To fulfill this mission, the Library faculty participates in the development and review of the curriculum and works closely with teaching faculty and students to analyze their curricular, research and recreational interests. Staff also teach the bibliographic structure of knowledge and the means of gaining access to that knowledge, explore and implement new technology to expand and improve information resources and services, and test new ways to extend service to the broader community. The Library encourages the formation of cooperative programs and arrangements with other libraries through networking and consortia to share ever-expanding information resources.

In all of its activity, the Library seeks to support the designated programs of the College and to respond to the unique information demands generated by the College mission.

COLLECTION DEVELOPMENT RESPONSIBILITY
Final responsibility for implementation of this policy rests with the Director of the Library who has been delegated budgetary authority for expending the resource funds for the Library. Overall responsibility for the selection, development and maintenance of the collection rests with the Library faculty who are familiar with appropriate selection tools and the specific information needs of library users. The Library faculty will work in consultation with the teaching faculty to ensure they have a voice in collection development which supports the LCSC curriculum. While the library faculty welcomes the teaching faculty’s participation in the selection process through recommendations of materials for the Library’s collection, the final selection responsibility lies with the library faculty who will, using their discretion, determine if the materials recommended will fit the Library’s selection guidelines. Items selected and purchased for the Library collection will be available for campus use to complement current course instruction. They will be circulated using the Library’s normal check out periods.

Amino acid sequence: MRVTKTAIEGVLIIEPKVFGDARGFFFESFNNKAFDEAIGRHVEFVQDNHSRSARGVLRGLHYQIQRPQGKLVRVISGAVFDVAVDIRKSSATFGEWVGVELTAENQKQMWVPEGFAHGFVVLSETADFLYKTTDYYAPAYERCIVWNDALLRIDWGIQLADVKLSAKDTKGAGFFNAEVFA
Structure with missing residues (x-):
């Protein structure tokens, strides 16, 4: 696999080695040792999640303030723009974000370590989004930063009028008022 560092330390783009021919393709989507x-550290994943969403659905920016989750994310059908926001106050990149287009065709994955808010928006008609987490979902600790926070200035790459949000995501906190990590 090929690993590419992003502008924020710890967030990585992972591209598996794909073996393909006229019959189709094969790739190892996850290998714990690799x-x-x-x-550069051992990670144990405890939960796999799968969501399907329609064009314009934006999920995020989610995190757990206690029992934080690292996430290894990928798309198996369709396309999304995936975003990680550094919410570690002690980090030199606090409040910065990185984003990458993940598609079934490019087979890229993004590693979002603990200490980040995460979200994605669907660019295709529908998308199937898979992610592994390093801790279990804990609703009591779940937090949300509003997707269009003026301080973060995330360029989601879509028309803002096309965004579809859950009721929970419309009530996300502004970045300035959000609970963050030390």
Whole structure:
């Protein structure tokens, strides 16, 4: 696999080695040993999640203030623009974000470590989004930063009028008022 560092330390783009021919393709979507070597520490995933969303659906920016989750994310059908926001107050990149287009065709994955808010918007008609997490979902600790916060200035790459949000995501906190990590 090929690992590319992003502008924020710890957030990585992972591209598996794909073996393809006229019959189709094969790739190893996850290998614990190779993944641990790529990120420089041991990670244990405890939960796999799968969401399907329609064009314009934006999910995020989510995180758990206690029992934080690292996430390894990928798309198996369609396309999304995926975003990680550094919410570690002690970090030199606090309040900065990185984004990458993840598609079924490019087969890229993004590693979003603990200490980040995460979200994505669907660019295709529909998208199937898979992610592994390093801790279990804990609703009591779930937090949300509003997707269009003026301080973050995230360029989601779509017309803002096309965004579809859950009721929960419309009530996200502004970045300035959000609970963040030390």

INTELLECTUAL FREEDOM STATEMENT
In accordance with the American Library Association’s Library Bill of Rights and the American Library Association’s Freedom to Read Statement, the LCSC Library’s collection shall endeavor to provide for the free exchange of all ideas. The collection will offer the widest possible range of viewpoints, regardless of the popularity of the viewpoint, or the sex, religion, politicalphilosophy, or national origin of the author(s). No censorship shall be exercised on the basis of language or controversy of topic related to religious, political, sexual, social economic, scientific or moral issues.